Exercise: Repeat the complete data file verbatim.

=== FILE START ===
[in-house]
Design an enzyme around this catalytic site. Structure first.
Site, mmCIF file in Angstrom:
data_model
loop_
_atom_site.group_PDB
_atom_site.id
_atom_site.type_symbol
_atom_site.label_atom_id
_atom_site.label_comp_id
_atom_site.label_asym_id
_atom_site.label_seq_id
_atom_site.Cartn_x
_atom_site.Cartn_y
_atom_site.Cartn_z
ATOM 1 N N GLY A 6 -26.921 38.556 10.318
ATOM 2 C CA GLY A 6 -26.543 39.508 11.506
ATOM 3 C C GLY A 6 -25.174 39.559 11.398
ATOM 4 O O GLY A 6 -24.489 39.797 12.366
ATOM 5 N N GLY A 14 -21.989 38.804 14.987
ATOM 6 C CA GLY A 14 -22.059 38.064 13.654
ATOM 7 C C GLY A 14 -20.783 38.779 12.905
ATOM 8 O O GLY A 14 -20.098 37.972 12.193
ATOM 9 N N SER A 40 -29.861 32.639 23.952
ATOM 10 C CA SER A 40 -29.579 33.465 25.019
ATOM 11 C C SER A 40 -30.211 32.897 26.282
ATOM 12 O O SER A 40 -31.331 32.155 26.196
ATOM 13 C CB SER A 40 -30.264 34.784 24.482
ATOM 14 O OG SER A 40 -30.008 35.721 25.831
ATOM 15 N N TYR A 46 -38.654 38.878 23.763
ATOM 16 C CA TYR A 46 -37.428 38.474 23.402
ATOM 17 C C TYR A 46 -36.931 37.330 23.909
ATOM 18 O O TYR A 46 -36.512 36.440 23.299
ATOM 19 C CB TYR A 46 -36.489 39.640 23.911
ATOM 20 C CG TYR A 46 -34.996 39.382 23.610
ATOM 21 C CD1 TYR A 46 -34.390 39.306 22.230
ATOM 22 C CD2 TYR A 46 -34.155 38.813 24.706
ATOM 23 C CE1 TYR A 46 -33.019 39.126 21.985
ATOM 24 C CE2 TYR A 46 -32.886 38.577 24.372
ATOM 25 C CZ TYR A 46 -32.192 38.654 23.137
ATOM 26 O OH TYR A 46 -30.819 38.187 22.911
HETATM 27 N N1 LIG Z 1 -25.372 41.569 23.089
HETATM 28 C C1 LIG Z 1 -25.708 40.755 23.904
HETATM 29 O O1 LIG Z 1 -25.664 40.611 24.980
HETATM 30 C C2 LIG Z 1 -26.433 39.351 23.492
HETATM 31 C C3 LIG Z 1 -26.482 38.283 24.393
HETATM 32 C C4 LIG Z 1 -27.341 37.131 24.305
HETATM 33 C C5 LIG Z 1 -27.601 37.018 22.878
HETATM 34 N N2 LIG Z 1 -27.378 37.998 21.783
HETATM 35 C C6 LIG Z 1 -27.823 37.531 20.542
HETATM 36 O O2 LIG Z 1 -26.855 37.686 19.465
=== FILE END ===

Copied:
[in-house]
Design an enzyme around this catalytic site. Structure first.
Site, mmCIF file in Angstrom:
data_model
loop_
_atom_site.group_PDB
_atom_site.id
_atom_site.type_symbol
_atom_site.label_atom_id
_atom_site.label_comp_id
_atom_site.label_asym_id
_atom_site.label_seq_id
_atom_site.Cartn_x
_atom_site.Cartn_y
_atom_site.Cartn_z
ATOM 1 N N GLY A 6 -26.921 38.556 10.318
ATOM 2 C CA GLY A 6 -26.543 39.508 11.506
ATOM 3 C C GLY A 6 -25.174 39.559 11.398
ATOM 4 O O GLY A 6 -24.489 39.797 12.366
ATOM 5 N N GLY A 14 -21.989 38.804 14.987
ATOM 6 C CA GLY A 14 -22.059 38.064 13.654
ATOM 7 C C GLY A 14 -20.783 38.779 12.905
ATOM 8 O O GLY A 14 -20.098 37.972 12.193
ATOM 9 N N SER A 40 -29.861 32.639 23.952
ATOM 10 C CA SER A 40 -29.579 33.465 25.019
ATOM 11 C C SER A 40 -30.211 32.897 26.282
ATOM 12 O O SER A 40 -31.331 32.155 26.196
ATOM 13 C CB SER A 40 -30.264 34.784 24.482
ATOM 14 O OG SER A 40 -30.008 35.721 25.831
ATOM 15 N N TYR A 46 -38.654 38.878 23.763
ATOM 16 C CA TYR A 46 -37.428 38.474 23.402
ATOM 17 C C TYR A 46 -36.931 37.330 23.909
ATOM 18 O O TYR A 46 -36.512 36.440 23.299
ATOM 19 C CB TYR A 46 -36.489 39.640 23.911
ATOM 20 C CG TYR A 46 -34.996 39.382 23.610
ATOM 21 C CD1 TYR A 46 -34.390 39.306 22.230
ATOM 22 C CD2 TYR A 46 -34.155 38.813 24.706
ATOM 23 C CE1 TYR A 46 -33.019 39.126 21.985
ATOM 24 C CE2 TYR A 46 -32.886 38.577 24.372
ATOM 25 C CZ TYR A 46 -32.192 38.654 23.137
ATOM 26 O OH TYR A 46 -30.819 38.187 22.911
HETATM 27 N N1 LIG Z 1 -25.372 41.569 23.089
HETATM 28 C C1 LIG Z 1 -25.708 40.755 23.904
HETATM 29 O O1 LIG Z 1 -25.664 40.611 24.980
HETATM 30 C C2 LIG Z 1 -26.433 39.351 23.492
HETATM 31 C C3 LIG Z 1 -26.482 38.283 24.393
HETATM 32 C C4 LIG Z 1 -27.341 37.131 24.305
HETATM 33 C C5 LIG Z 1 -27.601 37.018 22.878
HETATM 34 N N2 LIG Z 1 -27.378 37.998 21.783
HETATM 35 C C6 LIG Z 1 -27.823 37.531 20.542
HETATM 36 O O2 LIG Z 1 -26.855 37.686 19.465